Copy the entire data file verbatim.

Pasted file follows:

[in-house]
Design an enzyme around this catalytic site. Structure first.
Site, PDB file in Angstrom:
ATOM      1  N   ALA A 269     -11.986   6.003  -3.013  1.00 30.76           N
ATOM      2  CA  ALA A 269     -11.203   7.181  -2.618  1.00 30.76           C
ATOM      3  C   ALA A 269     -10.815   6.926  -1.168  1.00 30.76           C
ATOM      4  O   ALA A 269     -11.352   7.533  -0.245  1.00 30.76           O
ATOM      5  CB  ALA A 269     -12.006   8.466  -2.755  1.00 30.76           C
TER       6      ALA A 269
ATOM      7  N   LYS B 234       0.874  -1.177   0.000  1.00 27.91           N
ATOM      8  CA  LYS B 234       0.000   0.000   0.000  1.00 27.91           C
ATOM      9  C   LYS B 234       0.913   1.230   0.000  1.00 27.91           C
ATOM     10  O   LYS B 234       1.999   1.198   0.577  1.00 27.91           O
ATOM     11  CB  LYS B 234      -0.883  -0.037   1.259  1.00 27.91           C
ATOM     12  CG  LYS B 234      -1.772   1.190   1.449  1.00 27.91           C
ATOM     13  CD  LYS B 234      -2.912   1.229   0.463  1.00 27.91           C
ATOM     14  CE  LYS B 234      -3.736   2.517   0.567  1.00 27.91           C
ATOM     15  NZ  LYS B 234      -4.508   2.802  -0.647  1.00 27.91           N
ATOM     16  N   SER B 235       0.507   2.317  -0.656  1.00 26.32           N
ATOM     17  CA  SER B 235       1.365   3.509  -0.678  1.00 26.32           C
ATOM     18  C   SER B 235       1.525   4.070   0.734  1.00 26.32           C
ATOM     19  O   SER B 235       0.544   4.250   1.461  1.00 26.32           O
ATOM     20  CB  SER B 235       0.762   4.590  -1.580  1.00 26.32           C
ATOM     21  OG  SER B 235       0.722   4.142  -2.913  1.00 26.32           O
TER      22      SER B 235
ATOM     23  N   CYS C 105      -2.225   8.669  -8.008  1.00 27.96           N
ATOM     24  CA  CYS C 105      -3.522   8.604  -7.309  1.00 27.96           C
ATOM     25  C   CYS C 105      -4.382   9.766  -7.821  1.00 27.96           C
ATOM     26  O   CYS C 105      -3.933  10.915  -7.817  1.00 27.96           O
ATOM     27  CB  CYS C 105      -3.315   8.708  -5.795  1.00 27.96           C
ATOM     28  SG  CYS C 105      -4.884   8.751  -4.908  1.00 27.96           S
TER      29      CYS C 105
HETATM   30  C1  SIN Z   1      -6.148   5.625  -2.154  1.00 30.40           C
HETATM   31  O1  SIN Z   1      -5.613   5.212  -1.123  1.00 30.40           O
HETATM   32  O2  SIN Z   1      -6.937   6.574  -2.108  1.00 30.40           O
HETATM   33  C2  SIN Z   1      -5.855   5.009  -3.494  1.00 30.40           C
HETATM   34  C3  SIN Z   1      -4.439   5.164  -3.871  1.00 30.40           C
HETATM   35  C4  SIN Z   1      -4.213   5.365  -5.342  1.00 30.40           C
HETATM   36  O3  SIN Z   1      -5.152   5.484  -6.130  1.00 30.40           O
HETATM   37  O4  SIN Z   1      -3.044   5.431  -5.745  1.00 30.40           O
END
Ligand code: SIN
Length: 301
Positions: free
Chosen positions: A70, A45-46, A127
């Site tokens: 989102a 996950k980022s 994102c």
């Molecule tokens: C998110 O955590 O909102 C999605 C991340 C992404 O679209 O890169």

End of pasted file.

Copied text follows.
[in-house]
Design an enzyme around this catalytic site. Structure first.
Site, PDB file in Angstrom:
ATOM      1  N   ALA A 269     -11.986   6.003  -3.013  1.00 30.76           N
ATOM      2  CA  ALA A 269     -11.203   7.181  -2.618  1.00 30.76           C
ATOM      3  C   ALA A 269     -10.815   6.926  -1.168  1.00 30.76           C
ATOM      4  O   ALA A 269     -11.352   7.533  -0.245  1.00 30.76           O
ATOM      5  CB  ALA A 269     -12.006   8.466  -2.755  1.00 30.76           C
TER       6      ALA A 269
ATOM      7  N   LYS B 234       0.874  -1.177   0.000  1.00 27.91           N
ATOM      8  CA  LYS B 234       0.000   0.000   0.000  1.00 27.91           C
ATOM      9  C   LYS B 234       0.913   1.230   0.000  1.00 27.91           C
ATOM     10  O   LYS B 234       1.999   1.198   0.577  1.00 27.91           O
ATOM     11  CB  LYS B 234      -0.883  -0.037   1.259  1.00 27.91           C
ATOM     12  CG  LYS B 234      -1.772   1.190   1.449  1.00 27.91           C
ATOM     13  CD  LYS B 234      -2.912   1.229   0.463  1.00 27.91           C
ATOM     14  CE  LYS B 234      -3.736   2.517   0.567  1.00 27.91           C
ATOM     15  NZ  LYS B 234      -4.508   2.802  -0.647  1.00 27.91           N
ATOM     16  N   SER B 235       0.507   2.317  -0.656  1.00 26.32           N
ATOM     17  CA  SER B 235       1.365   3.509  -0.678  1.00 26.32           C
ATOM     18  C   SER B 235       1.525   4.070   0.734  1.00 26.32           C
ATOM     19  O   SER B 235       0.544   4.250   1.461  1.00 26.32           O
ATOM     20  CB  SER B 235       0.762   4.590  -1.580  1.00 26.32           C
ATOM     21  OG  SER B 235       0.722   4.142  -2.913  1.00 26.32           O
TER      22      SER B 235
ATOM     23  N   CYS C 105      -2.225   8.669  -8.008  1.00 27.96           N
ATOM     24  CA  CYS C 105      -3.522   8.604  -7.309  1.00 27.96           C
ATOM     25  C   CYS C 105      -4.382   9.766  -7.821  1.00 27.96           C
ATOM     26  O   CYS C 105      -3.933  10.915  -7.817  1.00 27.96           O
ATOM     27  CB  CYS C 105      -3.315   8.708  -5.795  1.00 27.96           C
ATOM     28  SG  CYS C 105      -4.884   8.751  -4.908  1.00 27.96           S
TER      29      CYS C 105
HETATM   30  C1  SIN Z   1      -6.148   5.625  -2.154  1.00 30.40           C
HETATM   31  O1  SIN Z   1      -5.613   5.212  -1.123  1.00 30.40           O
HETATM   32  O2  SIN Z   1      -6.937   6.574  -2.108  1.00 30.40           O
HETATM   33  C2  SIN Z   1      -5.855   5.009  -3.494  1.00 30.40           C
HETATM   34  C3  SIN Z   1      -4.439   5.164  -3.871  1.00 30.40           C
HETATM   35  C4  SIN Z   1      -4.213   5.365  -5.342  1.00 30.40           C
HETATM   36  O3  SIN Z   1      -5.152   5.484  -6.130  1.00 30.40           O
HETATM   37  O4  SIN Z   1      -3.044   5.431  -5.745  1.00 30.40           O
END
Ligand code: SIN
Length: 301
Positions: free
Chosen positions: A70, A45-46, A127
């Site tokens: 989102a 996950k980022s 994102c």
């Molecule tokens: C998110 O955590 O909102 C999605 C991340 C992404 O679209 O890169």